So how do you talk about mistakes that are made, to create an open and learning environment, a culture whereby mistakes, if not quite celebrated are not brushed under the carpet. The aviation industry has realised that for every one large fatal accident that has happened, there are normally 30 minor incidents, and 300 near misses beneath the waterline. If you can find out what the near misses are then hopefully you can start to be more proactive, encouraging a learning culture and get people talking openly. We used to have a blame culture. After all, as Professor James Reason stated, “Blame is a delicious emotion”. But we soon realised that if we blamed people for honest mistakes, then no one would speak up. We then swung to the opposite end of the scale, introducing a No Blame Culture. Surely this would open the doors to finding out what was happening ‘beneath the water line’. But there was a major flaw, if someone has crossed the line and had acted deliberately irresponsibly or violated for self gain, there needed to be a level of accountability. This is how we arrived at the Just Culture, an environment where we are aware that highly trained, competent individuals do make mistakes, may develop unhealthy norms, deviating from procedures, but there is zero tolerance for reckless behaviour. Every time any incident occurs, it is judged through the lens of the Just Culture. We now find out what is actually happening, we then know the risks and we know where to spend the money to prevent the next accident from happening.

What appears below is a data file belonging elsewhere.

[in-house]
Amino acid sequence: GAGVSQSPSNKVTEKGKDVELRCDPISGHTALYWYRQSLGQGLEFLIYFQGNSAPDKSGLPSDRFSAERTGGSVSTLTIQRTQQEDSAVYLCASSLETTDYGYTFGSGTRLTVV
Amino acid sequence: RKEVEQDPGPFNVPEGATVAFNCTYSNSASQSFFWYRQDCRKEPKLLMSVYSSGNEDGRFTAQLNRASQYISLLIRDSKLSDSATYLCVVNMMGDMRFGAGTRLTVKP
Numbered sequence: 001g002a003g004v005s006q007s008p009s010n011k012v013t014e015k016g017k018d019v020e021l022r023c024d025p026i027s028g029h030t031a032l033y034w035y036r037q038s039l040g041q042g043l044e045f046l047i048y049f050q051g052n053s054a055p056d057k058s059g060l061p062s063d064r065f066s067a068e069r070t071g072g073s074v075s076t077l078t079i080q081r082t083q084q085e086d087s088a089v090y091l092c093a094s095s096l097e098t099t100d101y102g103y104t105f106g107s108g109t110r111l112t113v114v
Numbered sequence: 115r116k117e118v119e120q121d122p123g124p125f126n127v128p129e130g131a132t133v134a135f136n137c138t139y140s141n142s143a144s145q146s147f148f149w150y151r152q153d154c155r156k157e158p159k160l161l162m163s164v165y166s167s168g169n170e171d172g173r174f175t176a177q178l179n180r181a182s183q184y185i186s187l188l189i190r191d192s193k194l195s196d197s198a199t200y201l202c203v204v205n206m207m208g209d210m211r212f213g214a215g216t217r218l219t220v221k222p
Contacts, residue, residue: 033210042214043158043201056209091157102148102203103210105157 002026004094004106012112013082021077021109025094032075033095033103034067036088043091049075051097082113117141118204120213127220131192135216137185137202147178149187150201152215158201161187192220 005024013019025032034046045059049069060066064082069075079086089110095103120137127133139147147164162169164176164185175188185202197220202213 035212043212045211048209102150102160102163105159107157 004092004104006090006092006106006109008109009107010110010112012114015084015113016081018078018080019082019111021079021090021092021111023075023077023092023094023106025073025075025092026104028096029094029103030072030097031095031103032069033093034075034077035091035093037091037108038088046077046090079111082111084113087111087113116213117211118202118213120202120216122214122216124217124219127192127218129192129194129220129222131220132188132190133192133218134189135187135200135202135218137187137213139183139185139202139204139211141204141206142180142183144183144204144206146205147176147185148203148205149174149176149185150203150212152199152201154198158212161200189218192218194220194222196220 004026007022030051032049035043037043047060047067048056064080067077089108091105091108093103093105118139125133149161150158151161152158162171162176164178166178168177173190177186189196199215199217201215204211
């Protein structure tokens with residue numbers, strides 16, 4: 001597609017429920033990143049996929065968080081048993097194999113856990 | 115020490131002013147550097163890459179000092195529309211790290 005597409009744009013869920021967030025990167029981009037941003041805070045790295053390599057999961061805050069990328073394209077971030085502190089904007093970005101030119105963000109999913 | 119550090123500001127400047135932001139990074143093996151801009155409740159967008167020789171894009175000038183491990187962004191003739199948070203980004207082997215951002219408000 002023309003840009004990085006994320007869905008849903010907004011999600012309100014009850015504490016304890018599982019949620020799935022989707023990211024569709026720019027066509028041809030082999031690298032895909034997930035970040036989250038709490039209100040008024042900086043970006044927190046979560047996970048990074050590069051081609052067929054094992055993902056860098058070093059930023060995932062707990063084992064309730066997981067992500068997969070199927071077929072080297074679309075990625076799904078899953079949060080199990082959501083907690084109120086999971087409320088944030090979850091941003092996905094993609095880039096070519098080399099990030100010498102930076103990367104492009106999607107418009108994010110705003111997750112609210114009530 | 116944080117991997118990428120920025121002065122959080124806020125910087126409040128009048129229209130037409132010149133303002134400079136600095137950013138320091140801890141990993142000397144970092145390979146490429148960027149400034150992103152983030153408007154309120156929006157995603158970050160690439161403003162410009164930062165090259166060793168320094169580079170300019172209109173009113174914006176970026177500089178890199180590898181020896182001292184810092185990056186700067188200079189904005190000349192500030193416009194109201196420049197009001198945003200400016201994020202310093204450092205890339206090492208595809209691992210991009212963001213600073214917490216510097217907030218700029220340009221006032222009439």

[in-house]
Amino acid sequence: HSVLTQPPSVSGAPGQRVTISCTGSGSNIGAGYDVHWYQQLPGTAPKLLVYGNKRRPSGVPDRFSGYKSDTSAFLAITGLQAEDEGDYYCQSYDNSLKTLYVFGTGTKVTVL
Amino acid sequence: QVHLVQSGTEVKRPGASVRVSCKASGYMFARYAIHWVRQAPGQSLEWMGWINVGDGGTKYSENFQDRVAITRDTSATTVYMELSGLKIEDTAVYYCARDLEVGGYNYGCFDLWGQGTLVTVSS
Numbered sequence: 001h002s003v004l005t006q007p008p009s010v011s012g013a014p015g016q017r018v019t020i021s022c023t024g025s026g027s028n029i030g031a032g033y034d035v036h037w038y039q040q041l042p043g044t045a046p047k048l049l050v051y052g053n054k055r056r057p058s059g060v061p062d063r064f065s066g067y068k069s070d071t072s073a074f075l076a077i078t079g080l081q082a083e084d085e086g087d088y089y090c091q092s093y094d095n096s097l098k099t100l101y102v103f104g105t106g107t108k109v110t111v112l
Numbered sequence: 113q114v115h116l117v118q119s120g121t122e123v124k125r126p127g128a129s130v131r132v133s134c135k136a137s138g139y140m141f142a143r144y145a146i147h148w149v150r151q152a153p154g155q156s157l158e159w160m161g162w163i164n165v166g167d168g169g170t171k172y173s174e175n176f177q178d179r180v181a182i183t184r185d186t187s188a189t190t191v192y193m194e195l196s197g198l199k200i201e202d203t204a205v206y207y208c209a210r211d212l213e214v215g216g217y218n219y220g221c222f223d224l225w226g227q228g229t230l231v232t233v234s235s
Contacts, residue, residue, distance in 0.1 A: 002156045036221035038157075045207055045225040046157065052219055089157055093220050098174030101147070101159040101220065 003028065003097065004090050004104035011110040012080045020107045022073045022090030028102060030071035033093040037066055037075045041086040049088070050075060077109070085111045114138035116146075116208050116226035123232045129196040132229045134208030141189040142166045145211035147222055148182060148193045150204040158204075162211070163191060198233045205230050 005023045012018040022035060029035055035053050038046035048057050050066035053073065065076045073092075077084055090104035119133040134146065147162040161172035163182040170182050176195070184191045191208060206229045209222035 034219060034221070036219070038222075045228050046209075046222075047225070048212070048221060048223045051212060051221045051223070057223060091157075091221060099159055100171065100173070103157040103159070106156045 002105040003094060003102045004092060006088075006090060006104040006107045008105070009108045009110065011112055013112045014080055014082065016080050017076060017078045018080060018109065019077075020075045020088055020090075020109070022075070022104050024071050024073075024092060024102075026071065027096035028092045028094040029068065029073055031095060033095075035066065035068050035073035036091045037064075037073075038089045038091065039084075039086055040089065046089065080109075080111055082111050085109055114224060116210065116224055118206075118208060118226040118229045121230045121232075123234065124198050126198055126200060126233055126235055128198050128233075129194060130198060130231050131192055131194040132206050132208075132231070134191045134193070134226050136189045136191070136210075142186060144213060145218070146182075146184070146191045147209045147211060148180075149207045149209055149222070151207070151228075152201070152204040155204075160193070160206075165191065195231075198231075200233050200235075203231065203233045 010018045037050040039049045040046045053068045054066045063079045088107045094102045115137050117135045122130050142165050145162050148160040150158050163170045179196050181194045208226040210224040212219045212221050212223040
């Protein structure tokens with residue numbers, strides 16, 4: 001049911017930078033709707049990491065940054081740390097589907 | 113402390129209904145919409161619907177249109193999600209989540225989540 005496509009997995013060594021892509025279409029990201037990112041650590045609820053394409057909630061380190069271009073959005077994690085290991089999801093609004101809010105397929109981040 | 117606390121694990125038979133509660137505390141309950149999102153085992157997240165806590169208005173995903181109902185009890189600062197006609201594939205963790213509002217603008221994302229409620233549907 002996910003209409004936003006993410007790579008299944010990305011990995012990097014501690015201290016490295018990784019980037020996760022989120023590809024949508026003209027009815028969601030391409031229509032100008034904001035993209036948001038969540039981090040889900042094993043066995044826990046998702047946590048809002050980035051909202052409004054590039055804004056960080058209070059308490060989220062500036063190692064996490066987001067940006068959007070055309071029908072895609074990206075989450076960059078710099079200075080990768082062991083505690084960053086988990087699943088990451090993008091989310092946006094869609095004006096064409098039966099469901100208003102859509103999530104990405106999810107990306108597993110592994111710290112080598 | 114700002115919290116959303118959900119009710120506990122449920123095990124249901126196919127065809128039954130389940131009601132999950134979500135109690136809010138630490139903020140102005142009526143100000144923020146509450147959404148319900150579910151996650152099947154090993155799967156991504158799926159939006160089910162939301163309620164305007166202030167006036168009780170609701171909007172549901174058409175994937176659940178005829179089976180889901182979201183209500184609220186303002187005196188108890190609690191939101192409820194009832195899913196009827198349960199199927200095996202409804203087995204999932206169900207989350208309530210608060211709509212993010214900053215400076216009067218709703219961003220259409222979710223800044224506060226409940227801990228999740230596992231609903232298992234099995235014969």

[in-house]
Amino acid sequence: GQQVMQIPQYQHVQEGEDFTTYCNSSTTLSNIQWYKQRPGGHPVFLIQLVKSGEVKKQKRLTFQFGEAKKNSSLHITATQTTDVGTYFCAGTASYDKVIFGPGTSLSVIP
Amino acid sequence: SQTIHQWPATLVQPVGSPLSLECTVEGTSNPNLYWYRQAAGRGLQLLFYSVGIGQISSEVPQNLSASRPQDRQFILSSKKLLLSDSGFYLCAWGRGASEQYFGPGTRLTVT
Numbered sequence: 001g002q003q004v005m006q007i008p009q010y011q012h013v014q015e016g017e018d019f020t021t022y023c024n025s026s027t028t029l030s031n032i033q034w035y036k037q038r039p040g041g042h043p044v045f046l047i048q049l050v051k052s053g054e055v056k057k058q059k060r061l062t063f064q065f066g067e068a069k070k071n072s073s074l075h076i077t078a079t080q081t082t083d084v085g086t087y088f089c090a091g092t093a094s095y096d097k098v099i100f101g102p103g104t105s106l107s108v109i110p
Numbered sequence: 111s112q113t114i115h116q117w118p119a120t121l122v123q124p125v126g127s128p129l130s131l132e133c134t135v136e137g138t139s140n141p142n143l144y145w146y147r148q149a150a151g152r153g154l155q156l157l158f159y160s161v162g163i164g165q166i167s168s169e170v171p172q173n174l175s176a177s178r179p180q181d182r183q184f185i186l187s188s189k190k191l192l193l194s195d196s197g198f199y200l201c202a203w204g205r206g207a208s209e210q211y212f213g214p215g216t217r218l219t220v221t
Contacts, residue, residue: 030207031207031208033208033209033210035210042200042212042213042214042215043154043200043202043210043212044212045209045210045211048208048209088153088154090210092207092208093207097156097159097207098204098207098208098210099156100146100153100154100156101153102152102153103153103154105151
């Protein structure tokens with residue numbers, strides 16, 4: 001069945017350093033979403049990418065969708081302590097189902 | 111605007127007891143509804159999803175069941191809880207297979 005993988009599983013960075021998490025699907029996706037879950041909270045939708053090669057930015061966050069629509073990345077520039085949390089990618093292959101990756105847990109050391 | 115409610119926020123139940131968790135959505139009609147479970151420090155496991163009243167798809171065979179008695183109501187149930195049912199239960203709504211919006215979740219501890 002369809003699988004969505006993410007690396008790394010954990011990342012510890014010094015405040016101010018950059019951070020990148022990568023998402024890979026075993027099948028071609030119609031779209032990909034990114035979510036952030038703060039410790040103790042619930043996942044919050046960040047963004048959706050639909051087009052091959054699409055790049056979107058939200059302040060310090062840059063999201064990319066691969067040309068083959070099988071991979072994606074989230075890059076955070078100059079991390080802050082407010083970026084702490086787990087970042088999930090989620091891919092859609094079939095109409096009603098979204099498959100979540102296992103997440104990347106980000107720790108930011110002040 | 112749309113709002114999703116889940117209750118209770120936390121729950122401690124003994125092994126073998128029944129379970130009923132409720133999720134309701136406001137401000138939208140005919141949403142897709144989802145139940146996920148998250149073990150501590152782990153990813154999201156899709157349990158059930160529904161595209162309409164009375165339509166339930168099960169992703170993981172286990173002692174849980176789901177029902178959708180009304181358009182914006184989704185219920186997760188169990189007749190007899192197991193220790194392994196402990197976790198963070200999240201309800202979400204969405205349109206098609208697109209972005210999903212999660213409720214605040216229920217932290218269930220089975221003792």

Whether it is the healthcare industry, who have introduced a ‘duty of candour’ an obligation to get people to talk openly about mistakes or whether it’s the financial sector whereby the focus now seems to be on behavioural culture, things are starting to change. Human factors training has been mandatory within the aviation industry for twenty years. How sensible would it be to use all of those lessons and distil them down, to save the wheel having to be reinvented within each industry. I’m not saying that the aviation industry has all the answers, but it has certainly made some great advances in understanding that the human in the system is always the most important part of any organisation and by understanding our strengths and weaknesses a little more, you can increase the performance within any business. My Business Navigation Consultancy uses this learning and shares proven techniques.
I absolutely love the position I now find myself in; on one day, motivating 300 teenagers to Reach For the Skies at a school in special measures, the next speaking to corporate clients to identify ares to strengthen their businesses. The next, taking cadets up from local Air Training Corps, as a volunteer in the RAF, giving them a flying experience, passing on my passion for flying to the next generation.
Dream It, Believe it, Do it!
For more information on Mandy visit mandyhicksonspeaker.com